Thanks to the Tribune’s Mary Schmich for bringing much deserved attention to hospital security staff who were ready to help.
by Mary Schmich
Column: A man with autism, behaving violently, winds up in the ER. The officers on duty respond — by singing and dancing.
On the way to the hospital that cold evening, Ellen Hughes sat in the passenger seat of the car, her husband at the wheel, while their son, Walker, sat in back pulling her hair and trying to strangle her.
It had been an awful day. Walker, who is 6-foot-3, has autism and is ordinarily gentle, had been rampaging through the Hughes’ small Chicago home, suffering, they would later learn, from a “paradoxical reaction” to a medicine that was supposed to calm him down.
He had chased his parents through the house, tackled his father to the ground, even bitten him through his winter coat hard enough to hit flesh.
Get to the hospital, a doctor said.
They obeyed, but as they passed the entry doors of Loyola University Medical Center in Maywood, Walker bit his mother’s hand, hard. She screamed, and a phalanx of men in uniform swarmed in.
“Picture it,” she says, “here’s this fragile little mom, the aged parents. Walker’s huge and he’s violently attacking me and suddenly there’s all these cops on him. I’m thinking, ‘My God, they’re gonna kill him.’ ”
They weren’t technically cops. They were the hospital’s public safety officers, but Hughes knew how wrong things could go between a big, violent man with autism and a bunch of uniformed men wearing badges, bulletproof vests and stun guns.
And then things went an entirely different way.
Walker Hughes is 33. His parents, Robert and Ellen, have spent almost that many years in and out of hospitals, trying to help their son while also trying to help others understand autism. In one hospital, Walker was pinned to the floor, screaming. Once, he was handcuffed to a bed, and ever since, even getting him onto a gurney was likely to be a fight.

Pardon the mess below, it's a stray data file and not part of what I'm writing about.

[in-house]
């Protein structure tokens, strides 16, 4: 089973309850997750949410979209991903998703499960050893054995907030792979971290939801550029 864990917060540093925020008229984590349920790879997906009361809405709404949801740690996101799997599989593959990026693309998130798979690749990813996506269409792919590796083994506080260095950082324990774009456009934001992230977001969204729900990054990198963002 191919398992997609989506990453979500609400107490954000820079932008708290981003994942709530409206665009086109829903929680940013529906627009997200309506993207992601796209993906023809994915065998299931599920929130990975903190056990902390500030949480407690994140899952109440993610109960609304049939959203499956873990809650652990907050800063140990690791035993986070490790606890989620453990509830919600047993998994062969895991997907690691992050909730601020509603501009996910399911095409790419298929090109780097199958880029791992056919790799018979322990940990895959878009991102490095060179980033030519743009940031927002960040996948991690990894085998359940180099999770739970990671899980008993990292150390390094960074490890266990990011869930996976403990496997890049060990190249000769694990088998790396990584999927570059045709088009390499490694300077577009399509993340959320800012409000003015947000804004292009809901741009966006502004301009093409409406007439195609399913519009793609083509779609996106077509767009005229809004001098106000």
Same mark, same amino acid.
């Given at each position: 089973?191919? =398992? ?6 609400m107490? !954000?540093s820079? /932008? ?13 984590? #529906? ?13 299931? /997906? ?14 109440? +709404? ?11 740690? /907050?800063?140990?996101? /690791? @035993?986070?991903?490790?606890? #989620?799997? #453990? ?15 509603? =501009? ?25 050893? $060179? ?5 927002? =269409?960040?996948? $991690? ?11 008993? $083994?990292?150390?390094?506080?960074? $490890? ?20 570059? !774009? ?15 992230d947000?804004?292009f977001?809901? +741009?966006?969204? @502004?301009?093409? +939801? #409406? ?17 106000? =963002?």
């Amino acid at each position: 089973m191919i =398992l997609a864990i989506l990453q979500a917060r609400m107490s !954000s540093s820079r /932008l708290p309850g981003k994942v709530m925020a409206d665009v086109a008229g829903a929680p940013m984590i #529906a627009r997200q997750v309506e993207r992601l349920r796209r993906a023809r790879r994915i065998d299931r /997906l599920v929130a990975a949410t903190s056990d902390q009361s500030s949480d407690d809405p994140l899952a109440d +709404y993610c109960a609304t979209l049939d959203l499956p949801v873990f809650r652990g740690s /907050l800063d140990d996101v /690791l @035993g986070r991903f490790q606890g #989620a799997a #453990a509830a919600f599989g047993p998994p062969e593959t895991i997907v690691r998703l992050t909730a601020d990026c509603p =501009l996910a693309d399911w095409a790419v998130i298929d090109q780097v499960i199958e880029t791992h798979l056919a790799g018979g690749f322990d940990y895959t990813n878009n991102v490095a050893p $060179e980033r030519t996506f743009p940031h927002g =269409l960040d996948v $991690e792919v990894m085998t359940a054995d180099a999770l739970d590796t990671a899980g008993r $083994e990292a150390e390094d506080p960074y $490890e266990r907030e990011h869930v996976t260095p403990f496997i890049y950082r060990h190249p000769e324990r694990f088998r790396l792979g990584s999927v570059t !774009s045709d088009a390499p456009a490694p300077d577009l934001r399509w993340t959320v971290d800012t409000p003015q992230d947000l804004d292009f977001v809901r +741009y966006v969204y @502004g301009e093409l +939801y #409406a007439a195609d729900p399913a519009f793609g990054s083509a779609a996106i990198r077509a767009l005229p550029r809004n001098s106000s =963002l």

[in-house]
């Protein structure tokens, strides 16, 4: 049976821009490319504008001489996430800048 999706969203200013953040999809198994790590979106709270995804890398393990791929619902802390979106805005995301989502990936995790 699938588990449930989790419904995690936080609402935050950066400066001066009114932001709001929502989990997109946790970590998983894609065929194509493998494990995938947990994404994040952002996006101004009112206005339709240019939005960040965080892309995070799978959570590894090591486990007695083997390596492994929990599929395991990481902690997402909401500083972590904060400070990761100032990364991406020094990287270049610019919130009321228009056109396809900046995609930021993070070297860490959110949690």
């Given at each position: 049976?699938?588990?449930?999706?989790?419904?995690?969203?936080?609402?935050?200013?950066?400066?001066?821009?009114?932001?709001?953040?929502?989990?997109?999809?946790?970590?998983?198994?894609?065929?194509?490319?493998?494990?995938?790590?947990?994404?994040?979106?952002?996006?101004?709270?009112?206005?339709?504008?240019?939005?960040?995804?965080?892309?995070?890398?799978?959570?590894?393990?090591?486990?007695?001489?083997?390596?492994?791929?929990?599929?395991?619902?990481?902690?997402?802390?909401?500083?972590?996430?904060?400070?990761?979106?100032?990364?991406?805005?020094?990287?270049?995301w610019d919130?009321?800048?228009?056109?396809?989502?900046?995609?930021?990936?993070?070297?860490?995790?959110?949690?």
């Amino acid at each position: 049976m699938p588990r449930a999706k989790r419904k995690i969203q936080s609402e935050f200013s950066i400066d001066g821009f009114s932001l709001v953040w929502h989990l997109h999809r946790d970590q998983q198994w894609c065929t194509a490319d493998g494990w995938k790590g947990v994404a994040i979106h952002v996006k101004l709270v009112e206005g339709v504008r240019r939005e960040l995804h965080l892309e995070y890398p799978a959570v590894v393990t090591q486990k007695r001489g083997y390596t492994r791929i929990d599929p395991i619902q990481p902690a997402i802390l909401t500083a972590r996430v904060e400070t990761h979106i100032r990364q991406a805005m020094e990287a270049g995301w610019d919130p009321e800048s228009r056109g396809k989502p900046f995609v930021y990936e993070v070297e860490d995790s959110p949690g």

At Loyola, Ellen prepared for the fight.
“I’m scared to death and I’m bleeding,” she says, recalling that day in late December. “I’m sitting there sadder than I’ve ever been in my life and I hear this game starting up.”
In the cubicle where Walker had been taken for tests and medication, he kept bolting off the examination table. Instead of brutally restraining him, though, the officers tried a different approach each time he jumped up.
As Ellen described the game in a recent blog post:
“Walker gets up!” they cheered.
They helped him sit back down.
“Walker sits down!”
And he did.
“Walker scoots back.”
“Walker lies down.”
For two and a half hours, the officers coaxed and cajoled. They danced. They sang children’s songs. They sang James Brown. They harmonized on the “Mr. Rogers” theme song.
“Walker loved it,” Ellen says. “He was kind of mystified and charmed and started smiling. They were men his size who considered him a real person. It’s scary when people don’t think you’re a real person. You have autism and you can’t talk — but you’re a person. It’s scary to be treated like a lion from the zoo. We’ve been to the doctor and the hospitals a million times and I’ve never seen anything like these guys.”
What Walker experienced might have been different if not for Sgt. Keith Miller, who was on duty at Loyola that night.
“First of all,” he said, when I talked to him Tuesday, “I am the parent of an autistic child myself.”
His experience with his son, who is 14, prompted him to seek training in how to handle patients with autism who arrive at the hospital. Now he helps train other officers. One thing he teaches is that no two people with autism are the same. He found the key to working with Walker, he says, when Walker mentioned Mary Poppins.
“Right then and there, I knew how to deal with it,” he said. “We started singing ‘Mr. Rogers.’ I did ‘Sesame Street’ voices. We made a game. Clapped, cheered. We stayed there for two and a half, three hours. Very few things were more important than Walker.”
Miller says that police and other public safety officers are waking up to the need for such training.
“I think it’s something that’s new, getting bigger and bigger,” he said, “considering that the diagnosis of children with autism is rising.”
After that night, it took Ellen Hughes a few weeks to collect herself well enough to post something about it on social media. She also wrote the hospital asking it to relay her thanks to the officers.
“You can’t train that kind of spirit,” she says.
Walker is getting good care now and recovering from the wrong medication. Ellen’s hand still hasn’t healed from the bite, but something in her was restored that night.
read on Tribune site
And, a Follow-up Tribune Column:
by Mary Schmich
Column: Sgt. Keith Miller and his crew hailed as heroes
‘I’ve learned that the autism community is much larger than I could have ever imagined’